Canadian Interest

Scrooged by Ottawa

December 28, 2004

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The federal government has been posting surpluses over the past 7 years to the tune of $60 billion. For fiscal 2004 alone, the surplus is projected at $9 billion. However, for the first time in 5 years, Canadians won’t see any tax savings in the new year.
Ottawa should give back some of its surpluses by:

  • Reducing Employment Insurance (EI) premiums for employers. Ottawa is sitting on EI overpayments of $45 billion, while businesses across the country are struggling with a soaring dollar.
  • Increasing the personal exemption to $15,000 as demanded by the Canadian Taxpayers Federation. Personally, I believe it is immoral to tax anyone earning a low-income approx. 15% of their income as our federal and provincial governments currently do.

Survey of Canadian Household Spending

December 14, 2004

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StatsCan report on 2003 Survey of Household Spending, reveals interesting information. It shows that our highest expenses are taxes (20%), housing (19%), transportation (14%) and food (11%). Our average spending increased 1% in 2003 compared to the previous year. The report suggests that most of the increased spending was on electronic gadgets like digital cameras, DVD players and cell phones.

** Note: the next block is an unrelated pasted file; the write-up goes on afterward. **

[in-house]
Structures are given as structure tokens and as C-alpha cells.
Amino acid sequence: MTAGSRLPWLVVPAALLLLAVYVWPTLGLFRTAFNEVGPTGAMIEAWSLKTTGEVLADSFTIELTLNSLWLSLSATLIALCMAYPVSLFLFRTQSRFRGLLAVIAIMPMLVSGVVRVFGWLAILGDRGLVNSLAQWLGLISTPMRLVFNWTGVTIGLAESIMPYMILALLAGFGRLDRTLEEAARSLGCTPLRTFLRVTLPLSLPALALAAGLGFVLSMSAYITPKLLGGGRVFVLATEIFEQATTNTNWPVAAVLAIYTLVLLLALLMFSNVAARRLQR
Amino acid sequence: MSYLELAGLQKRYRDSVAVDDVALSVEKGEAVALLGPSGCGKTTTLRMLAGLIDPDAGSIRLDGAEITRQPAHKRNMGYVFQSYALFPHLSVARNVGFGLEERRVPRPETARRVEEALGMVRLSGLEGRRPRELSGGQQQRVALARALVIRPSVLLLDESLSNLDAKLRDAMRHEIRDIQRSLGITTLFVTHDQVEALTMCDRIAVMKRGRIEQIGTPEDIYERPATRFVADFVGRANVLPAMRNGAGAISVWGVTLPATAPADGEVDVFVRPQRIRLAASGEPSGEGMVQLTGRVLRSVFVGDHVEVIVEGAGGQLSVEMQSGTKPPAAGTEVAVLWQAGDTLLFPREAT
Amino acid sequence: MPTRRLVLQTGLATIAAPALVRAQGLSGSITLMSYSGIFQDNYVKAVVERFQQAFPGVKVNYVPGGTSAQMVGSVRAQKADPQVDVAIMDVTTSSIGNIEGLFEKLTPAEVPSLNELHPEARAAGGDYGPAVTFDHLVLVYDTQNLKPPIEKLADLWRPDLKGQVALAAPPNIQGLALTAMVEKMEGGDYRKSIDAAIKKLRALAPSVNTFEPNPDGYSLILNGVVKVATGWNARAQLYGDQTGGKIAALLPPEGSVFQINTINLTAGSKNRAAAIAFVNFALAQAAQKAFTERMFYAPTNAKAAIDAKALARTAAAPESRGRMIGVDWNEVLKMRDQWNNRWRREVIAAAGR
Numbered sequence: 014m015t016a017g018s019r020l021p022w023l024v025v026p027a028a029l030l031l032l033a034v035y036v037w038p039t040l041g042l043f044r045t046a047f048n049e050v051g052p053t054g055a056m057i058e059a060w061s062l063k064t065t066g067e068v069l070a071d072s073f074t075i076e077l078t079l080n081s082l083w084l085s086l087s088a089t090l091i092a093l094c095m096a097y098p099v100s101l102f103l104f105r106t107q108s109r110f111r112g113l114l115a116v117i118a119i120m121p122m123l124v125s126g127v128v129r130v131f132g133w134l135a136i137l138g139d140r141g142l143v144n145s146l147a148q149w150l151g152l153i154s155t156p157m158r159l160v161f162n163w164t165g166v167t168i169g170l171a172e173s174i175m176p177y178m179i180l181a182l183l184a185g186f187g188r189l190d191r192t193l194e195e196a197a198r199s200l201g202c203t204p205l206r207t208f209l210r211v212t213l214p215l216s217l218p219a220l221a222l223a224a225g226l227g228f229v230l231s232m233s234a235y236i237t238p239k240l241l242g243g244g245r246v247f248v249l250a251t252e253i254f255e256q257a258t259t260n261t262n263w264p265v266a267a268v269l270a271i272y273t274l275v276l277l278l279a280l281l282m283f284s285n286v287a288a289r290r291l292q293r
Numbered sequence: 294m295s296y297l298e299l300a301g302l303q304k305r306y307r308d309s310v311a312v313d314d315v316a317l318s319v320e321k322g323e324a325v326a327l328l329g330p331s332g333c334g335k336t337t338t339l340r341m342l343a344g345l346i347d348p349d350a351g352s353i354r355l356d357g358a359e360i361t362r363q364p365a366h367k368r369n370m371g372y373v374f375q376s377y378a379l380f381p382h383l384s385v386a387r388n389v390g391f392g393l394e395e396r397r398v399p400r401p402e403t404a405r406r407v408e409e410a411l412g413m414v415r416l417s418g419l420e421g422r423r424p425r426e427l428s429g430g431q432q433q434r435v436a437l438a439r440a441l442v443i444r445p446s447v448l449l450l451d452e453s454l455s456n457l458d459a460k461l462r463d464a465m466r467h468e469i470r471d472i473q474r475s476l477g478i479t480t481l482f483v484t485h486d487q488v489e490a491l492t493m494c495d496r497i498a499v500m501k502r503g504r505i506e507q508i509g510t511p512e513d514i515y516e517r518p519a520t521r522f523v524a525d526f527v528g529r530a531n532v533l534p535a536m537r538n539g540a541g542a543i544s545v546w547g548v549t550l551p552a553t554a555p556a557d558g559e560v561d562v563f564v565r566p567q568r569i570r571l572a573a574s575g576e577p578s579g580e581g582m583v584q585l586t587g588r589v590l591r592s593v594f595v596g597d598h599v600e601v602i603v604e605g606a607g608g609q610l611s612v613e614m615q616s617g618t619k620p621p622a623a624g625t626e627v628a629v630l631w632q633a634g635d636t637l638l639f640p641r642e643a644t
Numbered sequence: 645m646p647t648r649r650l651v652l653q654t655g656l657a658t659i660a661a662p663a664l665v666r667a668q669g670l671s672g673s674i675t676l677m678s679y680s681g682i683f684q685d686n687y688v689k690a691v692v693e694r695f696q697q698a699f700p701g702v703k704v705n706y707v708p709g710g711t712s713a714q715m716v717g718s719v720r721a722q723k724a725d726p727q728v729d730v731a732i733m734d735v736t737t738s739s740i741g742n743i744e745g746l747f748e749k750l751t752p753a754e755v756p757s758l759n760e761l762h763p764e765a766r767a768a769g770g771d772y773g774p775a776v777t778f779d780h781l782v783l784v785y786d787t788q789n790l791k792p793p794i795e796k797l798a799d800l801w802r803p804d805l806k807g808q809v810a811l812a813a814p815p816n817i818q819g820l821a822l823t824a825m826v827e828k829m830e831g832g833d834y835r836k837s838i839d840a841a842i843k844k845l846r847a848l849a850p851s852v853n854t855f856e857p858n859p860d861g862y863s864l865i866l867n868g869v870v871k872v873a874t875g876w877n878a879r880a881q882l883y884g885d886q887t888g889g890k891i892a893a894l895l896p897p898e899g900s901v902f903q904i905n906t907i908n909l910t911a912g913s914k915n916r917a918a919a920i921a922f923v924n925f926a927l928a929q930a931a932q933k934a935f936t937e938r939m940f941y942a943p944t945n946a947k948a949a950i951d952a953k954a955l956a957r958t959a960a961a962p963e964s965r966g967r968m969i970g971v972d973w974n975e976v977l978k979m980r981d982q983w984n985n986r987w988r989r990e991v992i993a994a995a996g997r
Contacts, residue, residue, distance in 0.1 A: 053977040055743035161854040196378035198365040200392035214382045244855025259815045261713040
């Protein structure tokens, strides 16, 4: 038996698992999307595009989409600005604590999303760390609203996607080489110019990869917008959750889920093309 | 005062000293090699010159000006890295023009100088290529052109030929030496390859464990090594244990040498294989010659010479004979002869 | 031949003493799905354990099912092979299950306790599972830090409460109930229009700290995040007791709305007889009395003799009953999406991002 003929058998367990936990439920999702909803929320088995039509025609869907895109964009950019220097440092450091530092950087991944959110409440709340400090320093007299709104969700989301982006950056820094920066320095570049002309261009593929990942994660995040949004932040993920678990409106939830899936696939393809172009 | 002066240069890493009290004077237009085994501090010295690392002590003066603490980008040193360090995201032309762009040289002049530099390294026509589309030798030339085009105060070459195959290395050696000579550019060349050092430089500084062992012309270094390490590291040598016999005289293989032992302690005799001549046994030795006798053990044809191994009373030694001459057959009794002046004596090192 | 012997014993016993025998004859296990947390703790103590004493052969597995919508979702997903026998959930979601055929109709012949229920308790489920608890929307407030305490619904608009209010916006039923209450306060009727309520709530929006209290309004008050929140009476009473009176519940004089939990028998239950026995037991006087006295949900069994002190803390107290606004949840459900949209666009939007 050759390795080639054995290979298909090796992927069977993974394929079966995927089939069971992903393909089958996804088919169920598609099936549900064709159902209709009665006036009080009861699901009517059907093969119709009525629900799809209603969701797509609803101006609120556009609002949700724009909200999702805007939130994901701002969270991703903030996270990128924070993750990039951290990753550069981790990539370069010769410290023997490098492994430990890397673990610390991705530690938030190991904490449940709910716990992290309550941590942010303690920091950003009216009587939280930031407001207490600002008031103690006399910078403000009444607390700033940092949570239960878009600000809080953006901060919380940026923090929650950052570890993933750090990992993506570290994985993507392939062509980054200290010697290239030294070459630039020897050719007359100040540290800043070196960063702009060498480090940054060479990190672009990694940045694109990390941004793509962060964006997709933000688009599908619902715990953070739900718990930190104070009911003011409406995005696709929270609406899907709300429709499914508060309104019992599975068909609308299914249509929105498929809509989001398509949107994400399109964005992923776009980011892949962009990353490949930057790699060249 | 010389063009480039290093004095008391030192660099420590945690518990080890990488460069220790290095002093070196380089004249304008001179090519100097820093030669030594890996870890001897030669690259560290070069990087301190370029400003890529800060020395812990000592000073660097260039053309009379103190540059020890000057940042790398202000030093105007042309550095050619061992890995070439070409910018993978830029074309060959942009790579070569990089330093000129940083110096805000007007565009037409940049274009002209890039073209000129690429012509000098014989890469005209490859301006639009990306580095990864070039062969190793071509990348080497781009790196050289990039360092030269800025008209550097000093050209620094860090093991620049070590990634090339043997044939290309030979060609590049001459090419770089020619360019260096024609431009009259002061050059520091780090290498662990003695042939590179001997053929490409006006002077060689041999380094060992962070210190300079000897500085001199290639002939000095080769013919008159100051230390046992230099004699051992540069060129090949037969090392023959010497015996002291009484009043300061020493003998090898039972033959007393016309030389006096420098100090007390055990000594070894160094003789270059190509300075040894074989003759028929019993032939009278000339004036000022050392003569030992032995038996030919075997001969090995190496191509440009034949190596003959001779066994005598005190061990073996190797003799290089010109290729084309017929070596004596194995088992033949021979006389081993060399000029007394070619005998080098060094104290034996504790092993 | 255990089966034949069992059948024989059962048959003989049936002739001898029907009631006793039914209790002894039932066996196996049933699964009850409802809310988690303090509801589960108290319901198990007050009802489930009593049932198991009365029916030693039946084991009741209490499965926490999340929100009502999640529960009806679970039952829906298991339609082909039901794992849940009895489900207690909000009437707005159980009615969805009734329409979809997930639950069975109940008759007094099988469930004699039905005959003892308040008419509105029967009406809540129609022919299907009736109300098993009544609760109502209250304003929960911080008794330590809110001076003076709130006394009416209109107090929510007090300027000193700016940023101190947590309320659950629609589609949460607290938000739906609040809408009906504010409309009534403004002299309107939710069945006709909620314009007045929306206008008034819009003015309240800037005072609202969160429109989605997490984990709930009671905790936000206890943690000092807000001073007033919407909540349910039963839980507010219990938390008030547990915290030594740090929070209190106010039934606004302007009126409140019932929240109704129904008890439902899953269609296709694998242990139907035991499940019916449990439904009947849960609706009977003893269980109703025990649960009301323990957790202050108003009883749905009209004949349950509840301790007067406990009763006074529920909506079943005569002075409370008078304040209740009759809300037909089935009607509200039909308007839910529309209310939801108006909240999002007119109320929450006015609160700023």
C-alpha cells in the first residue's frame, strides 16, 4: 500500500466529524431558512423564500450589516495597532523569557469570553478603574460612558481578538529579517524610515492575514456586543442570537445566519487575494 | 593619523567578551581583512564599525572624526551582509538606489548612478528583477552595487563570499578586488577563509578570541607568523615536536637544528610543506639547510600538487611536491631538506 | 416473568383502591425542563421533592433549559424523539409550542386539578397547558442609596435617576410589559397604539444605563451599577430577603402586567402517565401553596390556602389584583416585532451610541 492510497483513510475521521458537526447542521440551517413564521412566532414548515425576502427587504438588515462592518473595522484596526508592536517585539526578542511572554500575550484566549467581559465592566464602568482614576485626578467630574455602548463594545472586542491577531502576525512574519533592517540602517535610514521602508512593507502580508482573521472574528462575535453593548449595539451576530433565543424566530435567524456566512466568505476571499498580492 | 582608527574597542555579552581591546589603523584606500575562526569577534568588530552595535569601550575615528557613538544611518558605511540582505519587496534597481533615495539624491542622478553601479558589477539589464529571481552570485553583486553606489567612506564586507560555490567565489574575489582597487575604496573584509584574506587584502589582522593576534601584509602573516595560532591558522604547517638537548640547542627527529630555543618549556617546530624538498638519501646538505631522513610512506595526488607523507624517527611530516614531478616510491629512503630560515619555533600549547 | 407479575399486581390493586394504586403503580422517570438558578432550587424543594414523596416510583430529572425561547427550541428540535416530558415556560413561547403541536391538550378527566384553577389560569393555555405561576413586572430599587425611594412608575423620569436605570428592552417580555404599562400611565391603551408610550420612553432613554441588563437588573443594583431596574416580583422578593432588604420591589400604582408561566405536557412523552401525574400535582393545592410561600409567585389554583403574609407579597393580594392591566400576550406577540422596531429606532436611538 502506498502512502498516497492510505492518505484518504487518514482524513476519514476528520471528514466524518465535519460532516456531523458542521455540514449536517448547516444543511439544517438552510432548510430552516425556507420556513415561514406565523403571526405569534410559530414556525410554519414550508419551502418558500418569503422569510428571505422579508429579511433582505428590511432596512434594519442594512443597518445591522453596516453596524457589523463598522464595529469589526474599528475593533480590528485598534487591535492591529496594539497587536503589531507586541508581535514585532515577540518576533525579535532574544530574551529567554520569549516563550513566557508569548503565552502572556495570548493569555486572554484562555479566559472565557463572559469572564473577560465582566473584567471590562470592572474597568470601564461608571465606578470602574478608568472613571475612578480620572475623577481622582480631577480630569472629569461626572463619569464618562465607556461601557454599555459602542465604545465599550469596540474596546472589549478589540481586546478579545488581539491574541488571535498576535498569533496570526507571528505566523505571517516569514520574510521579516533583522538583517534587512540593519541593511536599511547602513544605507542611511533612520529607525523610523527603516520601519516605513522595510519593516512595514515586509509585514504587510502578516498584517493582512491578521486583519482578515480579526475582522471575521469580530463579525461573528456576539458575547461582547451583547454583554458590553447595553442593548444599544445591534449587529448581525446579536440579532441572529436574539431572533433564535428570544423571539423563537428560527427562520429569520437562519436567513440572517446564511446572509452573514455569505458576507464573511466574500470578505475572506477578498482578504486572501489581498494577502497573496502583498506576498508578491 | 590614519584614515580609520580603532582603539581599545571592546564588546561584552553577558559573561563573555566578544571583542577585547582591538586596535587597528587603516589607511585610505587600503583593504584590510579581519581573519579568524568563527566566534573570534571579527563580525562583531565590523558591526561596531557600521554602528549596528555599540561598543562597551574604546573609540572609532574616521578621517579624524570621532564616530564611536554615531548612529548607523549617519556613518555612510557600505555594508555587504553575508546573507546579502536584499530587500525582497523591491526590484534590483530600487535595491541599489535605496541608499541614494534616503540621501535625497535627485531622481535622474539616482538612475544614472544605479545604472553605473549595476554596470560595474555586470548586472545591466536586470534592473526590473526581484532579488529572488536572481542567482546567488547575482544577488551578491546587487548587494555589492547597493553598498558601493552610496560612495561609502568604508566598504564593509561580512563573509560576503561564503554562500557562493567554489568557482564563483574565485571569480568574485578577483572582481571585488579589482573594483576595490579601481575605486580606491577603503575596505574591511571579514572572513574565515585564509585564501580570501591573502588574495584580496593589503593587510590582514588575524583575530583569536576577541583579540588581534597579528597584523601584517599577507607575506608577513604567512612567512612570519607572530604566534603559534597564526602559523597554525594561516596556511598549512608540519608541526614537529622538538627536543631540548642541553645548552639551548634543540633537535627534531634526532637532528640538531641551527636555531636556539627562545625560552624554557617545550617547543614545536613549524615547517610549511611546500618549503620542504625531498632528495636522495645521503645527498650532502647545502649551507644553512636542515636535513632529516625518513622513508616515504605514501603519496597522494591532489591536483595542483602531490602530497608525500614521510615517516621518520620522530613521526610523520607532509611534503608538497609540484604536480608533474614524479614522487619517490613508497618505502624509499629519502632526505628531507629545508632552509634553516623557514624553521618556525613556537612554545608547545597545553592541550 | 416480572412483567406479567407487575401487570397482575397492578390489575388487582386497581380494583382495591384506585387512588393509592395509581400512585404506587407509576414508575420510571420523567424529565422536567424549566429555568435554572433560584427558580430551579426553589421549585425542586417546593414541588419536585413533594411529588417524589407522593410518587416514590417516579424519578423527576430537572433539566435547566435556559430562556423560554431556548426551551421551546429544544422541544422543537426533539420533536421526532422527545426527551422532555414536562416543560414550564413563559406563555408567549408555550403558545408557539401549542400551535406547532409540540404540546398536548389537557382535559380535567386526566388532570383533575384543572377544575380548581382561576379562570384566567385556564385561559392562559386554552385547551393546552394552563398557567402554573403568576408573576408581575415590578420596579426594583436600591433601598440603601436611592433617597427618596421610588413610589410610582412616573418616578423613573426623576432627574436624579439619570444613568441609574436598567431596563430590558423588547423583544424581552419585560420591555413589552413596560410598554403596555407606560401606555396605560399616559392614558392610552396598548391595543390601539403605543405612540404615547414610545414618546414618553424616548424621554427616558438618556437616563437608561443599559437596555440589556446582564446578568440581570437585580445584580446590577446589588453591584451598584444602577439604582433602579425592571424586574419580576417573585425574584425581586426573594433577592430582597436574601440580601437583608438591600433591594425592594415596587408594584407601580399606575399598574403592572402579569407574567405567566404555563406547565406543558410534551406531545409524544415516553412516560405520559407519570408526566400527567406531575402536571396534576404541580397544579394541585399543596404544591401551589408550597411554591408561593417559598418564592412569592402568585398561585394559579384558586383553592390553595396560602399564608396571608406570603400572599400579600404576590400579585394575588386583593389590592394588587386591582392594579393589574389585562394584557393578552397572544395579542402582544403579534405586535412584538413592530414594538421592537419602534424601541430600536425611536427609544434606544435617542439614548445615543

Ottawa, given that our biggest expense is taxes, how about sharing some of those big surpluses with us, eh?

Canadian do-not-call registry

December 8, 2004

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Most of us are annoyed with dinnertime calls from telemarketers asking us to subscribe to newspapers, buy time-shares and myriad other things. And we’ve been jealous of American’s do-not-call registry, where millions of households have signed-up.

The Toronto Star (registration required) is reporting that the federal government is finally going to introduce legislation for a national do-not-call registry. Now, they should find a way to prevent annoying dinnertime doorknocks.